In a remarkable, and in this writer’s opinion, long overdue decision, the military has decided to open all combat jobs to women.
This issue spurred a feverish debate when I worked in the United States Navy Women’s Policy Office in 1986-1988, when the Navy made the decision to allow women to serve on ships. The issue was hotly contested, and in a bold move, Admiral Mike Boorda, then the Chief of Naval Personnel, supported our office in its move to push the issue. As a result, women could serve on Naval vessels, and it was shortly thereafter that the decision was made to also allow them to fly airplanes, then to serve on combatant vessels, then combatant aircraft, finally submarines, and now in all jobs. The other services went through the exact same kinds of evolving strategies as they had to balance the numerous competing forces influencing the issue; everything from where they would go to the bathroom to what would happen if the enemy captured a woman.
The argument that keeping women out of combat fields would somehow keep them safe flies into the ridiculous when you allow them to fly tanker aircraft or other logistic support functions which would be the first targets of an enemy.
The bottom line is that women have been in combat for centuries, leading battles both with weapons and with wits. Esther with her wits in the Bible, Queen Boudica with her army of 100,000 against the Romans. Women have served, disguised as men in our own nation’s history as well as the history of other nations. They also followed their men into battle in support, and have been casualties of war throughout history, all without pay, recognition, benefits, rank or status. The argument that keeping women out of combat fields would somehow keep them safe flies into the ridiculous when you allow them to fly tanker aircraft or other logistic support functions which would be the first targets of an enemy since without the fuel the fighter falls into the sea, and without the logistic support the army fails to function.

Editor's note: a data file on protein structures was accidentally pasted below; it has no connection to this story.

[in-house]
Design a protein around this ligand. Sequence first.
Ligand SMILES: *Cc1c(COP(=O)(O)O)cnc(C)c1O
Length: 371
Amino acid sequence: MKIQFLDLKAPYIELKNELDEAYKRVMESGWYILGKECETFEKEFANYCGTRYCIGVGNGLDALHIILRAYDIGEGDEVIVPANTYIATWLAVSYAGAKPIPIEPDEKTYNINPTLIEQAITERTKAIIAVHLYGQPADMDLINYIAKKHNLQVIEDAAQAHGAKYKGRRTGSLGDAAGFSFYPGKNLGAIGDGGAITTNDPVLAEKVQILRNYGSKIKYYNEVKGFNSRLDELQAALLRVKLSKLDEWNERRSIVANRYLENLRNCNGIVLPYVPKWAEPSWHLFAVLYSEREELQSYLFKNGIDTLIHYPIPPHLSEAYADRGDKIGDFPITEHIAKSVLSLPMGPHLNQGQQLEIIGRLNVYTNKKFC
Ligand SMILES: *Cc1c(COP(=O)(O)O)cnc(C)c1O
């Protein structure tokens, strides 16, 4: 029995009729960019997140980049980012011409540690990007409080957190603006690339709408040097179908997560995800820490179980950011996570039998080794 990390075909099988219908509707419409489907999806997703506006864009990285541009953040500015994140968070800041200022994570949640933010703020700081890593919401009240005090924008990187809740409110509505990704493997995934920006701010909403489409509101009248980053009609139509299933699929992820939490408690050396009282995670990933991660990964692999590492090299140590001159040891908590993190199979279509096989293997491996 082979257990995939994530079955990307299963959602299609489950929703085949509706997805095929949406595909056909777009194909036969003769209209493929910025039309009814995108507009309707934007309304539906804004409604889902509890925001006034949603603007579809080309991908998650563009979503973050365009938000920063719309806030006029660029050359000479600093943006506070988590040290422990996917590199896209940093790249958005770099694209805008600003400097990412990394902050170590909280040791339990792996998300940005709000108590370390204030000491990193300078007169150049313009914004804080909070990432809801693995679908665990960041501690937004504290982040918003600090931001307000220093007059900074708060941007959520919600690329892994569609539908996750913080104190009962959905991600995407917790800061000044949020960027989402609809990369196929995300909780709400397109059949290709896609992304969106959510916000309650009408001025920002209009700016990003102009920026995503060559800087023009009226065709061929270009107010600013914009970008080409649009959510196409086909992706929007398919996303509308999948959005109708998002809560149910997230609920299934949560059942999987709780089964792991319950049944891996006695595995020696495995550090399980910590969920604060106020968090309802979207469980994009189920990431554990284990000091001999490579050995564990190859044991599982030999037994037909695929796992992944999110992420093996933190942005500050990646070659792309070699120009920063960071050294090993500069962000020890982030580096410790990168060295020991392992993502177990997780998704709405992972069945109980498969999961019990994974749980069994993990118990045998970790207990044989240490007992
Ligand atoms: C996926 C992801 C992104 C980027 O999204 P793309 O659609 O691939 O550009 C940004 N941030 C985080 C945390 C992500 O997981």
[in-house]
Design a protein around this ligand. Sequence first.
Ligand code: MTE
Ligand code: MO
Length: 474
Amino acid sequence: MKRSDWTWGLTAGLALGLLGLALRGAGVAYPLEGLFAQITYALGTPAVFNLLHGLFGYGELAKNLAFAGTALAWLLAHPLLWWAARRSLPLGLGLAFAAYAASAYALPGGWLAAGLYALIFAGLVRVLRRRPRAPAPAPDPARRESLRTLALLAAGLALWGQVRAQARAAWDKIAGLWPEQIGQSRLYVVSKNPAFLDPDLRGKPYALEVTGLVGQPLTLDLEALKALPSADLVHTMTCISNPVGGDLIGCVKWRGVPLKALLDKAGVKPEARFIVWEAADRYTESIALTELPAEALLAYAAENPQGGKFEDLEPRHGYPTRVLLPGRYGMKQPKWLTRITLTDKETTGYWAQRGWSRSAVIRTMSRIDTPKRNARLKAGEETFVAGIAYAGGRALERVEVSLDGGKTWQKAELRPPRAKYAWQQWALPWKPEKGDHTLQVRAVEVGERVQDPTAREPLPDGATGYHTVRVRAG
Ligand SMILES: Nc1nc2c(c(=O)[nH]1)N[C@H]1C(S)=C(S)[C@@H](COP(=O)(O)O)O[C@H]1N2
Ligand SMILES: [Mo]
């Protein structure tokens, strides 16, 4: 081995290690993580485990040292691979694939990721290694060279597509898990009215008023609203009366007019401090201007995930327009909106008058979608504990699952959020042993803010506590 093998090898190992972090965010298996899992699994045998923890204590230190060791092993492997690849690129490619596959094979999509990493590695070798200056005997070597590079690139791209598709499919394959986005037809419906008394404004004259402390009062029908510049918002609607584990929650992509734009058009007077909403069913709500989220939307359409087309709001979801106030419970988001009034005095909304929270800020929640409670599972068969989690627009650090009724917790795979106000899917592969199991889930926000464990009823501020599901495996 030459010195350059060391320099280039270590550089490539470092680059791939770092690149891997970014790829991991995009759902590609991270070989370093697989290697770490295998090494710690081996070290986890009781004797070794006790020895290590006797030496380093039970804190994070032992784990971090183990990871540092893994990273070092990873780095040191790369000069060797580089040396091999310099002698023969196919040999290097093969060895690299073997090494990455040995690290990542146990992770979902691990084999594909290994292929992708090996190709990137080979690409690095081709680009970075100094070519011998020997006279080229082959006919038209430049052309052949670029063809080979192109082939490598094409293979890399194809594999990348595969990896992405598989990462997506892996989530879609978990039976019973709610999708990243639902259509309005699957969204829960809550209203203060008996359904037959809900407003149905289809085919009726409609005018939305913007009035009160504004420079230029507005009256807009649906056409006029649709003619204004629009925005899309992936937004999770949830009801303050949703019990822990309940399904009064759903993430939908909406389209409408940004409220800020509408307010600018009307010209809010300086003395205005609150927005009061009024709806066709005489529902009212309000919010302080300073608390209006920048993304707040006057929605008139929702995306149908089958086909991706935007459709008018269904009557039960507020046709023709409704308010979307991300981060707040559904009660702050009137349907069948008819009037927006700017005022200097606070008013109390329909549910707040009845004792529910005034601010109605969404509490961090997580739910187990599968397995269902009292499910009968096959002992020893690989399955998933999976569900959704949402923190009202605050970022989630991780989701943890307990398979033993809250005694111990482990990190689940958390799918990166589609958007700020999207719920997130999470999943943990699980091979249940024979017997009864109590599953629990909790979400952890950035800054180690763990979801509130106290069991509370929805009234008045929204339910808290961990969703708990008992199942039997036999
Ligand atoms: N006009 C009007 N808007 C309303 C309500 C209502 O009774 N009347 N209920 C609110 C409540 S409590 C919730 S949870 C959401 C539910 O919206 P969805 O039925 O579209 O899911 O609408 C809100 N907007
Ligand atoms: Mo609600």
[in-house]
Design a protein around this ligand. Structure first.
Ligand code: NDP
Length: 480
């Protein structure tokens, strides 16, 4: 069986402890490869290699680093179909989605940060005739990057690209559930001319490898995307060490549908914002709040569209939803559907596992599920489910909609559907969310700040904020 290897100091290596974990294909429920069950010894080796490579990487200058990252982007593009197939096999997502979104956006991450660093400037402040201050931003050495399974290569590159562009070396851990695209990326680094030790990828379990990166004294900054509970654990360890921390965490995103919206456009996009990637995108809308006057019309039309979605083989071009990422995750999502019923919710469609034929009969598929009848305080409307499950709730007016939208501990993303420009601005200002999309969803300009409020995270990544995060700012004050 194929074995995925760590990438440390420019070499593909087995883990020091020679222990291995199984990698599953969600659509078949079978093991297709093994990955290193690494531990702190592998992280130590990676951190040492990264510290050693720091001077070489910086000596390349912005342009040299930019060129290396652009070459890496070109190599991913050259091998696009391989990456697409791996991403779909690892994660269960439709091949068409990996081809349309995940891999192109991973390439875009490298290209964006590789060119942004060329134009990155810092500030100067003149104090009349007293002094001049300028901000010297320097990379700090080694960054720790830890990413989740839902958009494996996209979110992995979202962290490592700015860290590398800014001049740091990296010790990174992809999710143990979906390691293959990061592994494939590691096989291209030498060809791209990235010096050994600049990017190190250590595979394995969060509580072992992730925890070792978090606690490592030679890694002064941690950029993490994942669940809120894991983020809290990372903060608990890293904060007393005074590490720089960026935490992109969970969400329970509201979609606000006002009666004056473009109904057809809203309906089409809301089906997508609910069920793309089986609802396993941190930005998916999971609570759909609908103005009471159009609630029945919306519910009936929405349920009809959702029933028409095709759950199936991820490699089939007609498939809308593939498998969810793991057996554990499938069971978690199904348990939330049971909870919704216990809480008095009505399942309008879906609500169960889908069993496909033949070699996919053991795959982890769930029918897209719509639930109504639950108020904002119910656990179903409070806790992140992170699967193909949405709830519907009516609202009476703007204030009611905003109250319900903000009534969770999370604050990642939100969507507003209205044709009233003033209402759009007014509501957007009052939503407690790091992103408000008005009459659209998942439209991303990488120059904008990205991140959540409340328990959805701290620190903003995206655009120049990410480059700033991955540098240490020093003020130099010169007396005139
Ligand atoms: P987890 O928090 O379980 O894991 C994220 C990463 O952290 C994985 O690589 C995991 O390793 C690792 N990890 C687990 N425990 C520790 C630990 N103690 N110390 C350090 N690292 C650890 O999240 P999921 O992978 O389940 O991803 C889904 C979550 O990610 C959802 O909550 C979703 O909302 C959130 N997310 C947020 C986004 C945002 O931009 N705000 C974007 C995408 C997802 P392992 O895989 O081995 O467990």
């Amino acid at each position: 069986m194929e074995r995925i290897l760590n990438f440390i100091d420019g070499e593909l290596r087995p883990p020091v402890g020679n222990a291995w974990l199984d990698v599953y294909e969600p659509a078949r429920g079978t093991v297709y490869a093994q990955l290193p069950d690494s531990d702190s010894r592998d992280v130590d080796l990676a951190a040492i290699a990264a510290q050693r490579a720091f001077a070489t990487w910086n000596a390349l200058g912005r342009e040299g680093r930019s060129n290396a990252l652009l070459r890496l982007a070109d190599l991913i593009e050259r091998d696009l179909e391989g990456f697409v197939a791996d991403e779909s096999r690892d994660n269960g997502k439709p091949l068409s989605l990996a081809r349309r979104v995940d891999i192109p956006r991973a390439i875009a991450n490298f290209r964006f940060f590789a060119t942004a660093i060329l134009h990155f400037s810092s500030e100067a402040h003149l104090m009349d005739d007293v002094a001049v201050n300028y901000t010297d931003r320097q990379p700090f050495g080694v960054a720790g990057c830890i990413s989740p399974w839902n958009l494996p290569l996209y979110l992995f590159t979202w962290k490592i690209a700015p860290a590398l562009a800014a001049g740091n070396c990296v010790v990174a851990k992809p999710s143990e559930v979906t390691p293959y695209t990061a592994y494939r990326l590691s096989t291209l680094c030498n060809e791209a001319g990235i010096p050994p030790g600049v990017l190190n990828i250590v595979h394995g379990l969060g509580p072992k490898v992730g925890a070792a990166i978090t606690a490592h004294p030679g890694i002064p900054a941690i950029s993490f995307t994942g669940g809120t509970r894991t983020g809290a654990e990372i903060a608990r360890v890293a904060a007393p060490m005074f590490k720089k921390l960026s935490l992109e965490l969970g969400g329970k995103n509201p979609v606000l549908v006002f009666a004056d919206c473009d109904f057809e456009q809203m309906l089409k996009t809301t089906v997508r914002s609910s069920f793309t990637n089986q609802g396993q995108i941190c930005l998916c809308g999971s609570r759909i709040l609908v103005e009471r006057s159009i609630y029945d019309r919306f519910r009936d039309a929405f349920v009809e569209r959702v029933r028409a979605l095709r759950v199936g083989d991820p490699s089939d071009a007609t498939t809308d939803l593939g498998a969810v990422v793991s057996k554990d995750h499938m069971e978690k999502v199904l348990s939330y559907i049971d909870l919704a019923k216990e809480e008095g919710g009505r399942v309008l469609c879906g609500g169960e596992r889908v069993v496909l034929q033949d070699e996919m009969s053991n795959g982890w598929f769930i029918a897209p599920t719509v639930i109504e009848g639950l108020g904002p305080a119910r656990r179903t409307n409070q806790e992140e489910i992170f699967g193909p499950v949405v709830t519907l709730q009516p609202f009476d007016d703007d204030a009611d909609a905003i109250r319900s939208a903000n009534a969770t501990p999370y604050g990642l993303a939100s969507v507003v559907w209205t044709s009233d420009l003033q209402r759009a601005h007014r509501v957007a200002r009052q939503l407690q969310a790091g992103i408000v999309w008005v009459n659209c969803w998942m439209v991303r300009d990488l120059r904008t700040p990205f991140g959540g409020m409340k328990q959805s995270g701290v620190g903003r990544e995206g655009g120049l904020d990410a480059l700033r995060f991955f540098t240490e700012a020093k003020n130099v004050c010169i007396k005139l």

Today, the military is a well-respected, honorable, and fulfilling career for both men and women, and yet until this historic decision, women were still second class citizens. Today marks the moment when the military can truly recruit, train and promote the best of the best, without regard to gender, and can utilize the best person in the best job regardless of where they go to the bathroom.
Many are unaware that there is a memorial to women veterans, of any and all eras of our history, in Arlington National Cemetery. It is a profound testament to the courage of women through the ages, and tells the stories of hundreds of thousands of courageous women who answered the call of their country to fight on its behalf.
The women who make the decision to join the military, just as I did, know that they will encounter the entire spectrum of responses from peers. There will be those who respect them, those who ridicule them, those who trust them, those who exploit them, and those who abuse them. They will rise to the challenge, and they will succeed. From this day forward, the old boys club is gone, and each soldier, sailor, airman, marine and coast guard member will earn his or her own stripes, his or her own bars, on his or her own merit, and not on the basis of genitals.
Claire Bloom, a retired Lt. Commander in the U.S. Navy, is the founder and volunteer Executive Director of End 68 Hours of Hunger (www.end68hoursofhunger.org) Her military awards include the Meritorious Service Medal, Navy Commendation Medal (five awards), the Navy Achievement Medal (two awards), has a Master of Science degree in Strategic Intelligence, and has received numerous civilian awards.